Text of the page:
There was a lot going on in Darren Aronofsky’s Biblical whatsit mother!, all of it worthy of many fractured, contradictory conversations. To us, it was both a 2.5-star misfire and one of the very best movies of 2017. To others, it was simply an embarrassment to all involved, most notably Jennifer Lawrence as titular mother figure, who rarely leaves the screen. In all those heated debates over mother!‘s merits, metaphors, and malice, I think we may have still overlooked one of its wildest, most deliciously fucked up ingredients: Michelle Pfeiffer. An eternally lovable screen presence who’s been shamefully sidelined in the past couple decades, Pfeiffer pounced into mother! like a cat hunting unsuspecting prey, batting Jennifer Lawrence around with a mean-drunk indifference I found thrillingly campy & cruel. It felt like a seismic shift in Pfeiffer’s career at the time, but then nothing really came of it – conversationally, professionally, or otherwise.
Finally, a proper career resurgence vehicle for a post-mother! Michelle Pfeiffer has arrived . . . and it’s being met with the same unenthused shrug she got back in 2017. French Exit expands Pfeiffer’s role as a cruel, vamping drunk in mother! to a feature-length drag routine. She delivers nothing but deliciously vicious camp from start to end here, easily putting in one of her career-best performances. The response has been muted at worst, divided at best. Maybe the movie would’ve earned more momentum in non-pandemic times, when word of mouth would’ve reached the exact right audience for what Pfeiffer is doing here. Maybe the world would never be ready for Michelle Pfeiffer to star in an erudite revision of Leaving Las Vegas for pompous, affluent drag queens. Who knows? All I can report is that every bitchy barb, quip, and eyeroll she lands in French Exit is a precious gift to the few jaded cynics on the movie’s wavelength.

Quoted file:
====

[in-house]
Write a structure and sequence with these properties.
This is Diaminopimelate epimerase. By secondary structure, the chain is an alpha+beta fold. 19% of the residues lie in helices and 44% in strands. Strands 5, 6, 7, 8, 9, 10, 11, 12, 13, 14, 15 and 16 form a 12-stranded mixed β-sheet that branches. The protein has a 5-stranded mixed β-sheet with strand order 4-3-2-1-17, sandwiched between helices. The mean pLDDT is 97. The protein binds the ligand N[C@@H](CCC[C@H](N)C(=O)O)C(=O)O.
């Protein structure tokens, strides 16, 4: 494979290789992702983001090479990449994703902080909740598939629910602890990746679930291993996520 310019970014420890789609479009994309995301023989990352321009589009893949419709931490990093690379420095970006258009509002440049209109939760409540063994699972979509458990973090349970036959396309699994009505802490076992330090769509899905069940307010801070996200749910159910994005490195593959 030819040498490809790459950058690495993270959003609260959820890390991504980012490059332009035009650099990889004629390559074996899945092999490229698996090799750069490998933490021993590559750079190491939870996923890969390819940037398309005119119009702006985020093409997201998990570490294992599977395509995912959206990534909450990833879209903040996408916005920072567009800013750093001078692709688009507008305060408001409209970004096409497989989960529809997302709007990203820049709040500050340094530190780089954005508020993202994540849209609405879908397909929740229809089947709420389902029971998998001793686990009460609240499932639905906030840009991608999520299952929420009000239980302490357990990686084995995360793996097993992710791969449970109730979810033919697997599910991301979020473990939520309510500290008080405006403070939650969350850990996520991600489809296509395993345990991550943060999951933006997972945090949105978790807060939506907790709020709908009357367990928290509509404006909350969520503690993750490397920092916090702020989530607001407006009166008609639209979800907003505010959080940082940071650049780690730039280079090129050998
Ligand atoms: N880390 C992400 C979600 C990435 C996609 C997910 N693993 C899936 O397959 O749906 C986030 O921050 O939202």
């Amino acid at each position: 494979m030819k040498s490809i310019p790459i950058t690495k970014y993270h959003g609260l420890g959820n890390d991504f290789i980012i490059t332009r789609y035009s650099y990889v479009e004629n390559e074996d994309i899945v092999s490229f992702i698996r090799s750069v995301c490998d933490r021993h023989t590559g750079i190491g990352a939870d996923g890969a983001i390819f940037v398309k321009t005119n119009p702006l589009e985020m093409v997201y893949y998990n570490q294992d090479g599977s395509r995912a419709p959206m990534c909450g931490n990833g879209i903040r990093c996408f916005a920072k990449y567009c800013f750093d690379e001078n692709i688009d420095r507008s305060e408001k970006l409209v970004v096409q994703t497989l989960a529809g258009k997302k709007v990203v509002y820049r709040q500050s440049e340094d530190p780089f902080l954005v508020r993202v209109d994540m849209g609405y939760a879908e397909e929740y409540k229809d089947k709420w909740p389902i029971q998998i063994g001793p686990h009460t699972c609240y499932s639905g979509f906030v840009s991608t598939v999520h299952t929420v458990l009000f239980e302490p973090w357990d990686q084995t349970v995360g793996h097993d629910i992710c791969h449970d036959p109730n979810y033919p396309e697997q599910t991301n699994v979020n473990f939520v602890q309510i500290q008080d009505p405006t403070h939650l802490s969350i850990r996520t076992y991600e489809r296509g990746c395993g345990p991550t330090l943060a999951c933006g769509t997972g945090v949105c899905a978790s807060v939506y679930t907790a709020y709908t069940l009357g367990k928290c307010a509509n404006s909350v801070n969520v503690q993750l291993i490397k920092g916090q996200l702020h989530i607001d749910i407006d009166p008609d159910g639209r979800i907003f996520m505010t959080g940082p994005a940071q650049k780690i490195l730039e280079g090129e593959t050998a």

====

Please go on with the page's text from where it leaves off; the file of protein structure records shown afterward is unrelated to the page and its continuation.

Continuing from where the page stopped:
Pfeiffer stars as an heiress & former NYC It Girl who has completely depleted her dead husband’s fortune. She decides to sell off the remainder of his estate for spending money, then fucks off to Paris with her adoring adult son (Lucas Hedges) in tow. Her long-term plan is to kill herself when her funds run dry, something she announces in a matter-of-fact, smirking tone. Despite the morbidity of that premise, there isn’t much grandeur or pathos to the film’s plot, as the mother-son duo aren’t especially emotional in demeanor. Most scenes are slight, low-key episodes: a cross-Atlantic boat ride, an awkward dinner party, a search for a runaway cat, etc. However, if you’re in tune with Pfeiffer’s scenery chewing (and Hedges’s studied impersonation of her faded, jaded glamour) there’s a dark humor to each of those episodes that will have you howling at even the slightest facial expression and casually tossed-off insult.
I’m surprised to learn that French Exit was based off a novel (adapted by author-turned-screenwriter Patrick deWitt himself), since its witty banter and for-the-back-row vamping feels so firmly rooted in stage play dialogue. The best I can approximate its cruel, quirky tone is to imagine Wes Anderson directing an adaptation of The Boys in the Band, but even that description doesn’t cover its absurdist supernatural plot twists, which I will not spoil here. Most importantly, French Exit is a Nic Cagian showcase for one of our greatest actors to go as big and as broad as she pleases from gag to gag. Sometimes those payoffs are muted, finding her sharpening a kitchen knife in total darkness or absentmindedly musing about the sad nature of dildos. At other times, she sets literal fires, slipping into full camped-up Cruella de Ville mania. In either instance, she’s electrically, fabulously entertaining, and we all should be groveling at her feet for more performances in this vein.